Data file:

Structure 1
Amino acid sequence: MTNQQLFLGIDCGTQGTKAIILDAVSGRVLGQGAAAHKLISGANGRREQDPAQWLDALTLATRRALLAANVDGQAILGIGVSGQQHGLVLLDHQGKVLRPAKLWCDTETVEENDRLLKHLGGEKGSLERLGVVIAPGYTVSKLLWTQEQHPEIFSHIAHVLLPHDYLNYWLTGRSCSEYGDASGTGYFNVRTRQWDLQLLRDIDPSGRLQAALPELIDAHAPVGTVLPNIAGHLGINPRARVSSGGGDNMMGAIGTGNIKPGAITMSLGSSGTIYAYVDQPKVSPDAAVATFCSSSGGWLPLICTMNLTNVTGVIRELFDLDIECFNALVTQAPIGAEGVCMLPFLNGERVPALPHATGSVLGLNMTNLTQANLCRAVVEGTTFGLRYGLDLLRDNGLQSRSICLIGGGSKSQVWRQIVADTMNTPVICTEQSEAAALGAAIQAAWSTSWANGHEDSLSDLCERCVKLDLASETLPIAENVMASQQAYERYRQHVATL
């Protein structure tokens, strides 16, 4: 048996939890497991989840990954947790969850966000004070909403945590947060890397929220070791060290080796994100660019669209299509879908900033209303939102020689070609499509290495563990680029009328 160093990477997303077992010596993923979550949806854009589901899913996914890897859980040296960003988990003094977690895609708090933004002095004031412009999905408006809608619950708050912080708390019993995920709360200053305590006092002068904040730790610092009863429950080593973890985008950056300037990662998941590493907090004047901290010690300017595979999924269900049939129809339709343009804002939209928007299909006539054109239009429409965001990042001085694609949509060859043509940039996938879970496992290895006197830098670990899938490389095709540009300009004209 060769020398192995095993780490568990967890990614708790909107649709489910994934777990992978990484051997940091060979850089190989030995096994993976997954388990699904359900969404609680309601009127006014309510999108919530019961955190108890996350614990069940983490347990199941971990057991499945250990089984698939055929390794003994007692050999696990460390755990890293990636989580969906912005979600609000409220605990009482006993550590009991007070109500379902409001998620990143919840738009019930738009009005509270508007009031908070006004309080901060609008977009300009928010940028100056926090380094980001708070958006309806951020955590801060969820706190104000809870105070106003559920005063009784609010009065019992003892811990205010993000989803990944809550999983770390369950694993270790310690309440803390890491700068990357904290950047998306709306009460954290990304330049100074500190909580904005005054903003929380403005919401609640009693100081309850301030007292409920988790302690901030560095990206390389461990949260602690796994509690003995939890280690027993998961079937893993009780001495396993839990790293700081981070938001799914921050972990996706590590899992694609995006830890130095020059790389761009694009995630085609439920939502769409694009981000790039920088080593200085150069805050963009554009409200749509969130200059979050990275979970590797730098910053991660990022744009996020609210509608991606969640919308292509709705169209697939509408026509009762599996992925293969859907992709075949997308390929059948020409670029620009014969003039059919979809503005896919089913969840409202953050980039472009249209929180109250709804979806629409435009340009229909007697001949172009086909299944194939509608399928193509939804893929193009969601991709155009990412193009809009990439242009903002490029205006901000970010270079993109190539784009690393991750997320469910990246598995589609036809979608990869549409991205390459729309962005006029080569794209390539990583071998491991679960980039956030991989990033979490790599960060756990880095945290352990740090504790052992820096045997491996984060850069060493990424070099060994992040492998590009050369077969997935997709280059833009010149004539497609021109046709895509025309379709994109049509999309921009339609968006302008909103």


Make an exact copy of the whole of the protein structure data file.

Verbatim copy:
Structure 1
Amino acid sequence: MTNQQLFLGIDCGTQGTKAIILDAVSGRVLGQGAAAHKLISGANGRREQDPAQWLDALTLATRRALLAANVDGQAILGIGVSGQQHGLVLLDHQGKVLRPAKLWCDTETVEENDRLLKHLGGEKGSLERLGVVIAPGYTVSKLLWTQEQHPEIFSHIAHVLLPHDYLNYWLTGRSCSEYGDASGTGYFNVRTRQWDLQLLRDIDPSGRLQAALPELIDAHAPVGTVLPNIAGHLGINPRARVSSGGGDNMMGAIGTGNIKPGAITMSLGSSGTIYAYVDQPKVSPDAAVATFCSSSGGWLPLICTMNLTNVTGVIRELFDLDIECFNALVTQAPIGAEGVCMLPFLNGERVPALPHATGSVLGLNMTNLTQANLCRAVVEGTTFGLRYGLDLLRDNGLQSRSICLIGGGSKSQVWRQIVADTMNTPVICTEQSEAAALGAAIQAAWSTSWANGHEDSLSDLCERCVKLDLASETLPIAENVMASQQAYERYRQHVATL
């Protein structure tokens, strides 16, 4: 048996939890497991989840990954947790969850966000004070909403945590947060890397929220070791060290080796994100660019669209299509879908900033209303939102020689070609499509290495563990680029009328 160093990477997303077992010596993923979550949806854009589901899913996914890897859980040296960003988990003094977690895609708090933004002095004031412009999905408006809608619950708050912080708390019993995920709360200053305590006092002068904040730790610092009863429950080593973890985008950056300037990662998941590493907090004047901290010690300017595979999924269900049939129809339709343009804002939209928007299909006539054109239009429409965001990042001085694609949509060859043509940039996938879970496992290895006197830098670990899938490389095709540009300009004209 060769020398192995095993780490568990967890990614708790909107649709489910994934777990992978990484051997940091060979850089190989030995096994993976997954388990699904359900969404609680309601009127006014309510999108919530019961955190108890996350614990069940983490347990199941971990057991499945250990089984698939055929390794003994007692050999696990460390755990890293990636989580969906912005979600609000409220605990009482006993550590009991007070109500379902409001998620990143919840738009019930738009009005509270508007009031908070006004309080901060609008977009300009928010940028100056926090380094980001708070958006309806951020955590801060969820706190104000809870105070106003559920005063009784609010009065019992003892811990205010993000989803990944809550999983770390369950694993270790310690309440803390890491700068990357904290950047998306709306009460954290990304330049100074500190909580904005005054903003929380403005919401609640009693100081309850301030007292409920988790302690901030560095990206390389461990949260602690796994509690003995939890280690027993998961079937893993009780001495396993839990790293700081981070938001799914921050972990996706590590899992694609995006830890130095020059790389761009694009995630085609439920939502769409694009981000790039920088080593200085150069805050963009554009409200749509969130200059979050990275979970590797730098910053991660990022744009996020609210509608991606969640919308292509709705169209697939509408026509009762599996992925293969859907992709075949997308390929059948020409670029620009014969003039059919979809503005896919089913969840409202953050980039472009249209929180109250709804979806629409435009340009229909007697001949172009086909299944194939509608399928193509939804893929193009969601991709155009990412193009809009990439242009903002490029205006901000970010270079993109190539784009690393991750997320469910990246598995589609036809979608990869549409991205390459729309962005006029080569794209390539990583071998491991679960980039956030991989990033979490790599960060756990880095945290352990740090504790052992820096045997491996984060850069060493990424070099060994992040492998590009050369077969997935997709280059833009010149004539497609021109046709895509025309379709994109049509999309921009339609968006302008909103």